This finding reflects the changing nature of the contemporary library. The library, once focused largely on lending and storing books, has adapted to the internet age, refocusing its mission to become an essential training resource for media literacy, academic research, and critical thinking. In an age where a nearly infinite amount of written material is instantly accessible to students at an increasingly young age, libraries play an essential role in teaching young people how to process and prioritize information. 

Today, libraries are the primary means by which we teach students to vet the truth and relevance of something they’ve read. School libraries regularly provide students with formal training on how to responsibly use online resources, providing fundamental approaches to gathering quality information that is missing from many segments of our population. They also lead by example, providing young people with reading material that is accurate and well-contextualized, thereby familiarizing them with factual texts and well-informed opinions. In contrast to the internet, which provides stimuli in the most engaging package possible, a library contains information that is organized, research-backed, and vetted for extreme content. Learning to tell the difference between fact and fiction is increasingly difficult to teach, but libraries do it more successfully than any other resource I’ve seen.

Equally important to consider is that attempting to limit the information in school libraries, where it can be contextualized by librarians and expanded upon by other texts, does not eliminate a young person’s desire for this information. By removing texts and topics from the professionally curated and regulated space of a public library, “activists” such as Mom’s for Liberty force young people to seek insight through more accessible means, like the internet, where information is wholly unregulated, regularly untruthful, and usually decontextualized. Real harm takes place when naive children, desperate for guidance, stumble across content that exposes ignorant, explicit, or hateful beliefs. Algorithmic incentives to prioritize engaging content can lead teens to view self-harm, dangerous, or extremist content at a very impressionable age, potentially trapping them in silos of thought from which it can be difficult to extract oneself.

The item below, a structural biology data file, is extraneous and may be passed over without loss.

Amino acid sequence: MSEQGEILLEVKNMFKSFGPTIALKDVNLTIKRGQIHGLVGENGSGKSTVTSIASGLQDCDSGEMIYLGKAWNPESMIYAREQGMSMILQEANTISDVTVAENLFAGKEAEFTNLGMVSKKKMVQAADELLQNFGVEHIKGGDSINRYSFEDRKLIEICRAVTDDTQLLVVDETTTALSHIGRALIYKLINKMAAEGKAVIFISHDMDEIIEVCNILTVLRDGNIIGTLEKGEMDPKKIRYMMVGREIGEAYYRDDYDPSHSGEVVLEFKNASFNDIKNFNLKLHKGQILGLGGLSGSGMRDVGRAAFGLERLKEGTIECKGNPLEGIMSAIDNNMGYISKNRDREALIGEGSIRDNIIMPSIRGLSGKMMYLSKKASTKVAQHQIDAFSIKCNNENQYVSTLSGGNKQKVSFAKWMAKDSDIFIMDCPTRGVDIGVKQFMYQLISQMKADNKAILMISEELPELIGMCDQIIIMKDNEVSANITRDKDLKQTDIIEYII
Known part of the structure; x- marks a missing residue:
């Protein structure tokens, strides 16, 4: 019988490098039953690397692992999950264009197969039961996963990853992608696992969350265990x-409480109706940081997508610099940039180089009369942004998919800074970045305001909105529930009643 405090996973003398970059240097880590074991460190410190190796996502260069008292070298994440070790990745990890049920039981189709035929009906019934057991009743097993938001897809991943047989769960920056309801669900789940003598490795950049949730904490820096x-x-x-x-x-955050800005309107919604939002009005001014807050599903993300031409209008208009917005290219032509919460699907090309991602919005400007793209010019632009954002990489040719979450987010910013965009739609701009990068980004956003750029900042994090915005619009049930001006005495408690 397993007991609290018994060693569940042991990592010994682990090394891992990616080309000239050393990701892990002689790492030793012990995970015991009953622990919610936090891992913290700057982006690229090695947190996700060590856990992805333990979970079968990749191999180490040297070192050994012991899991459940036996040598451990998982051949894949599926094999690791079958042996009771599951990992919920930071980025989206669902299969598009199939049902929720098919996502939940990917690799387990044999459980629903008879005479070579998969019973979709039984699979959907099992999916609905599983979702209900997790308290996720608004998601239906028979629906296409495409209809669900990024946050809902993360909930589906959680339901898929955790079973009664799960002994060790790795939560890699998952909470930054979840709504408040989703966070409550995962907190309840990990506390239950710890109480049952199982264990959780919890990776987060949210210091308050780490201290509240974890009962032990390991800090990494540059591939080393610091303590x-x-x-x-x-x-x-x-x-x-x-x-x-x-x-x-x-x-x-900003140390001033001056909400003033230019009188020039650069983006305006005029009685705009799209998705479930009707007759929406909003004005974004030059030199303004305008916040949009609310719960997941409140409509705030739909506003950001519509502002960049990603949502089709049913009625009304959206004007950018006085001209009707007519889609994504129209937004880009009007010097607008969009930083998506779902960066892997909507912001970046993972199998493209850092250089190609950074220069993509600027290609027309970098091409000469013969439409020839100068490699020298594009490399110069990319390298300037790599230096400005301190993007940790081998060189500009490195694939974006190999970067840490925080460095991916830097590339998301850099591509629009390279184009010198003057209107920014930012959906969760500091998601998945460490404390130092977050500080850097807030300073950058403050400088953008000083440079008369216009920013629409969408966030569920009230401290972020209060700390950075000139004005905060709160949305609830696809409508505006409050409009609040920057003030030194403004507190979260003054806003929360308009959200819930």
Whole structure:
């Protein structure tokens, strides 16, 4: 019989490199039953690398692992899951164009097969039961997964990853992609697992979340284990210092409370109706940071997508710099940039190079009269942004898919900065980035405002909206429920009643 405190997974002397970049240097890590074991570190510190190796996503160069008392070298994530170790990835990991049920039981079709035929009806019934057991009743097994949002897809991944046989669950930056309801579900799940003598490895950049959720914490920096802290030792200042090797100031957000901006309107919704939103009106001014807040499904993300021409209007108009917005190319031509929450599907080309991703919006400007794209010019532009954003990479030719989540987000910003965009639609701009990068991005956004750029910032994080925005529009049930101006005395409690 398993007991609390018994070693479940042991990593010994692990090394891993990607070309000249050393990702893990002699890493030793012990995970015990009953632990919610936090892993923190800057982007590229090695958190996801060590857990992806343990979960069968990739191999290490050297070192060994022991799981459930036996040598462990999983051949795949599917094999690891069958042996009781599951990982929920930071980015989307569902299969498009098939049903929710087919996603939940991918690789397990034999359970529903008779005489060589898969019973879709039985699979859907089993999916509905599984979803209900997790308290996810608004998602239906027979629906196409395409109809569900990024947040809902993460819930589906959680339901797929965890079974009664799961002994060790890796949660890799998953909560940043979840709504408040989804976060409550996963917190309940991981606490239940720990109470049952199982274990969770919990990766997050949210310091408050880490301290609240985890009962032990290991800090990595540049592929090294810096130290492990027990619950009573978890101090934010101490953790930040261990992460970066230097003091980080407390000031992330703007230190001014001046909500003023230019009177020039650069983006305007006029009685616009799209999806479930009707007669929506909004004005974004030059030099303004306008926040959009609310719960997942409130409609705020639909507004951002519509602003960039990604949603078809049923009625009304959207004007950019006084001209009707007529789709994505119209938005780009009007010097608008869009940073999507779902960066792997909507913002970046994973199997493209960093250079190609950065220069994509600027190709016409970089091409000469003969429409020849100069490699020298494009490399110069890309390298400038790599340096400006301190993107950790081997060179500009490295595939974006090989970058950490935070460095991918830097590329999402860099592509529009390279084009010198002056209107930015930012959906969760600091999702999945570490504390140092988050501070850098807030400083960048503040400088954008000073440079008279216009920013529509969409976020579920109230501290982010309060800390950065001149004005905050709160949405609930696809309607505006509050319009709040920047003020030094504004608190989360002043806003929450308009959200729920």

Attempting to pull books off shelves condemns our young people to explore the world of information alone, without guidance and without guardrails. It leaves them un-inoculated against illiberal thought, prejudice, and other harms. Ultimately the censorship approach harms children’s development, produces adults less interested and able to participate in civil society, and further weakens our democratic institutions. This has been evidenced in civil societies across regions and cultures; there is nothing innate in America that will prevent it from happening here. Only a wholesale rejection of reactionary tendencies amongst our neighbors can stop the slow slide to autocracy.

Libraries are essential to giving young people the tools, information, and desire to maintain and expand America’s civil society. This is why I encourage all residents to participate in the upcoming discussion regarding the future of the library. On Friday, September 8th from 6 – 8 pm, the BPL is holding a meeting that discusses future planned initiatives. Help keep our library relevant and our society free. 

RSVP here. 


California’s Poet Laureate, Lee Herrick coming to Benicia

“Benicia Our Home” Celebration at Benicia’s Clocktower on June 25

Special to the Benicia Herald, by Lois Kazakoff, June 9, 2023
[Note from BenIndy Contributor Roger Straw: For more about California’s first AAPI Poet Laureate and his understanding of racism and the importance of telling story, see KCRW News LA.]

California Poet Laureate Lee Herrick will headline “Benicia Our Home” on Sunday, June 25 at 3 PM at the Clock Tower.

California’s poet laureate wants you to write about Benicia, maybe in rhyme – but definitely with heart.

“Usually those who speak for a community are politicians or officials but we all have thoughts connected to where we live, grew up and raise a family,” said Lee Herrick, 52, a Fresno City College writing instructor who was appointed state poet laureate in November. “We each have a voice. And there is poetry in everyone.”